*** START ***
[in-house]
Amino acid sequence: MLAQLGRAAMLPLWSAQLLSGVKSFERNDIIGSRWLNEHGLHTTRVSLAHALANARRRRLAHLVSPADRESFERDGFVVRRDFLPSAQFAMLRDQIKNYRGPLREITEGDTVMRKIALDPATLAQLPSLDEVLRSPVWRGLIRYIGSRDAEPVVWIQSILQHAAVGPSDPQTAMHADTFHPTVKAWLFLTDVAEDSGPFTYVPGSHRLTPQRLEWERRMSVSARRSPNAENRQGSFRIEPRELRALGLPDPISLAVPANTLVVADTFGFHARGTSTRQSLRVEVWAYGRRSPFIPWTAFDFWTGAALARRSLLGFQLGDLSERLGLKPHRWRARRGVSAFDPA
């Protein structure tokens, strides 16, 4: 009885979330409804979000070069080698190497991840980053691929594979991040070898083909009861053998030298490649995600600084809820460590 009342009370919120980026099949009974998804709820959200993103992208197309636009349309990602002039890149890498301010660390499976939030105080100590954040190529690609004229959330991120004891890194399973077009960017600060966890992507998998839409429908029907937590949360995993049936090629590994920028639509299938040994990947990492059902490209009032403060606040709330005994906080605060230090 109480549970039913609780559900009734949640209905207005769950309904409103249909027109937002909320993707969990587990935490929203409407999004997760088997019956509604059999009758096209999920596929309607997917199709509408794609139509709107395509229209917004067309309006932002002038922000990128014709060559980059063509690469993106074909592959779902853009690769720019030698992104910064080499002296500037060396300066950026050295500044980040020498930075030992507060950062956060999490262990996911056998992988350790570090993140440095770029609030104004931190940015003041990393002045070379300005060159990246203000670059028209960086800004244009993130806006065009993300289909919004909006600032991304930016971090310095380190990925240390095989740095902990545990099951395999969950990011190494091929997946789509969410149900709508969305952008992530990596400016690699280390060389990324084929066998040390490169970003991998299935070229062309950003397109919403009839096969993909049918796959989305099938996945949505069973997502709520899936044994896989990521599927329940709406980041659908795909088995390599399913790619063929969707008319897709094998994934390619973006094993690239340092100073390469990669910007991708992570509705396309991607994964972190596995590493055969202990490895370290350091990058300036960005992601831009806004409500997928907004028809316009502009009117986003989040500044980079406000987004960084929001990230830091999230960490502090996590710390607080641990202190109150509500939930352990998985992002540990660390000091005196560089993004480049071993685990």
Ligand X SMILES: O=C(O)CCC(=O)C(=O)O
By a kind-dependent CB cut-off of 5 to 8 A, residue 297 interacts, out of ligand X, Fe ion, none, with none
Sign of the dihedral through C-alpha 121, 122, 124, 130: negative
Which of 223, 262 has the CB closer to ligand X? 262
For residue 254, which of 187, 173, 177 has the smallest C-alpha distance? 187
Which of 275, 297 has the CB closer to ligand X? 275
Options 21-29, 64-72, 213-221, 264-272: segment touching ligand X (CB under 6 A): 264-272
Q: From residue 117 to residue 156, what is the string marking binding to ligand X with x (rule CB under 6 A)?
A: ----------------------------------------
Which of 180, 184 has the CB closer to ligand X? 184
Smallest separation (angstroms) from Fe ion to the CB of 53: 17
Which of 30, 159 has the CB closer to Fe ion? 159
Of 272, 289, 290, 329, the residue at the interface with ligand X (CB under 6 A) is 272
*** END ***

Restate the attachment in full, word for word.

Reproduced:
[in-house]
Amino acid sequence: MLAQLGRAAMLPLWSAQLLSGVKSFERNDIIGSRWLNEHGLHTTRVSLAHALANARRRRLAHLVSPADRESFERDGFVVRRDFLPSAQFAMLRDQIKNYRGPLREITEGDTVMRKIALDPATLAQLPSLDEVLRSPVWRGLIRYIGSRDAEPVVWIQSILQHAAVGPSDPQTAMHADTFHPTVKAWLFLTDVAEDSGPFTYVPGSHRLTPQRLEWERRMSVSARRSPNAENRQGSFRIEPRELRALGLPDPISLAVPANTLVVADTFGFHARGTSTRQSLRVEVWAYGRRSPFIPWTAFDFWTGAALARRSLLGFQLGDLSERLGLKPHRWRARRGVSAFDPA
């Protein structure tokens, strides 16, 4: 009885979330409804979000070069080698190497991840980053691929594979991040070898083909009861053998030298490649995600600084809820460590 009342009370919120980026099949009974998804709820959200993103992208197309636009349309990602002039890149890498301010660390499976939030105080100590954040190529690609004229959330991120004891890194399973077009960017600060966890992507998998839409429908029907937590949360995993049936090629590994920028639509299938040994990947990492059902490209009032403060606040709330005994906080605060230090 109480549970039913609780559900009734949640209905207005769950309904409103249909027109937002909320993707969990587990935490929203409407999004997760088997019956509604059999009758096209999920596929309607997917199709509408794609139509709107395509229209917004067309309006932002002038922000990128014709060559980059063509690469993106074909592959779902853009690769720019030698992104910064080499002296500037060396300066950026050295500044980040020498930075030992507060950062956060999490262990996911056998992988350790570090993140440095770029609030104004931190940015003041990393002045070379300005060159990246203000670059028209960086800004244009993130806006065009993300289909919004909006600032991304930016971090310095380190990925240390095989740095902990545990099951395999969950990011190494091929997946789509969410149900709508969305952008992530990596400016690699280390060389990324084929066998040390490169970003991998299935070229062309950003397109919403009839096969993909049918796959989305099938996945949505069973997502709520899936044994896989990521599927329940709406980041659908795909088995390599399913790619063929969707008319897709094998994934390619973006094993690239340092100073390469990669910007991708992570509705396309991607994964972190596995590493055969202990490895370290350091990058300036960005992601831009806004409500997928907004028809316009502009009117986003989040500044980079406000987004960084929001990230830091999230960490502090996590710390607080641990202190109150509500939930352990998985992002540990660390000091005196560089993004480049071993685990």
Ligand X SMILES: O=C(O)CCC(=O)C(=O)O
By a kind-dependent CB cut-off of 5 to 8 A, residue 297 interacts, out of ligand X, Fe ion, none, with none
Sign of the dihedral through C-alpha 121, 122, 124, 130: negative
Which of 223, 262 has the CB closer to ligand X? 262
For residue 254, which of 187, 173, 177 has the smallest C-alpha distance? 187
Which of 275, 297 has the CB closer to ligand X? 275
Options 21-29, 64-72, 213-221, 264-272: segment touching ligand X (CB under 6 A): 264-272
Q: From residue 117 to residue 156, what is the string marking binding to ligand X with x (rule CB under 6 A)?
A: ----------------------------------------
Which of 180, 184 has the CB closer to ligand X? 184
Smallest separation (angstroms) from Fe ion to the CB of 53: 17
Which of 30, 159 has the CB closer to Fe ion? 159
Of 272, 289, 290, 329, the residue at the interface with ligand X (CB under 6 A) is 272